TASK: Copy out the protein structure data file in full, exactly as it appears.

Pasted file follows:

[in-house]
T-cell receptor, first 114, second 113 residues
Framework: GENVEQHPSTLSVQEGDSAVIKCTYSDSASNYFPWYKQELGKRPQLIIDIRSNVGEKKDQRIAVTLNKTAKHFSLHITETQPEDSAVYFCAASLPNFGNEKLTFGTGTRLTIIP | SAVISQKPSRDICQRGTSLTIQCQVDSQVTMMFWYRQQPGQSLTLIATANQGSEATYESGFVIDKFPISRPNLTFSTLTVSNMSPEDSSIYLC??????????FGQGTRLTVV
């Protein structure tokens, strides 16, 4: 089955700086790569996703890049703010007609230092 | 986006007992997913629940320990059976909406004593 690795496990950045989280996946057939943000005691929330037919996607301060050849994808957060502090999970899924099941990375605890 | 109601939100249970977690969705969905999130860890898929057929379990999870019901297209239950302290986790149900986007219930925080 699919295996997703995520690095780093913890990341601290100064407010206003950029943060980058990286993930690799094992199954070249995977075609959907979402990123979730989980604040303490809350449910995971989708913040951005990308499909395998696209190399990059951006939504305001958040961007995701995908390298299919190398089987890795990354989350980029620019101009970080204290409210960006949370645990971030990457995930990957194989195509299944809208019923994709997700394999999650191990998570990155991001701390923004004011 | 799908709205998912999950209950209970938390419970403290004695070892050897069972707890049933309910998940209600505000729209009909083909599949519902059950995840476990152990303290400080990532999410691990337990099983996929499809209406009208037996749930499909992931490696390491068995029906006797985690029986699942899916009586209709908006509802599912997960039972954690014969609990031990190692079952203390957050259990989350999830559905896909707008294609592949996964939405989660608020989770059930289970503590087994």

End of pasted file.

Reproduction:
[in-house]
T-cell receptor, first 114, second 113 residues
Framework: GENVEQHPSTLSVQEGDSAVIKCTYSDSASNYFPWYKQELGKRPQLIIDIRSNVGEKKDQRIAVTLNKTAKHFSLHITETQPEDSAVYFCAASLPNFGNEKLTFGTGTRLTIIP | SAVISQKPSRDICQRGTSLTIQCQVDSQVTMMFWYRQQPGQSLTLIATANQGSEATYESGFVIDKFPISRPNLTFSTLTVSNMSPEDSSIYLC??????????FGQGTRLTVV
């Protein structure tokens, strides 16, 4: 089955700086790569996703890049703010007609230092 | 986006007992997913629940320990059976909406004593 690795496990950045989280996946057939943000005691929330037919996607301060050849994808957060502090999970899924099941990375605890 | 109601939100249970977690969705969905999130860890898929057929379990999870019901297209239950302290986790149900986007219930925080 699919295996997703995520690095780093913890990341601290100064407010206003950029943060980058990286993930690799094992199954070249995977075609959907979402990123979730989980604040303490809350449910995971989708913040951005990308499909395998696209190399990059951006939504305001958040961007995701995908390298299919190398089987890795990354989350980029620019101009970080204290409210960006949370645990971030990457995930990957194989195509299944809208019923994709997700394999999650191990998570990155991001701390923004004011 | 799908709205998912999950209950209970938390419970403290004695070892050897069972707890049933309910998940209600505000729209009909083909599949519902059950995840476990152990303290400080990532999410691990337990099983996929499809209406009208037996749930499909992931490696390491068995029906006797985690029986699942899916009586209709908006509802599912997960039972954690014969609990031990190692079952203390957050259990989350999830559905896909707008294609592949996964939405989660608020989770059930289970503590087994």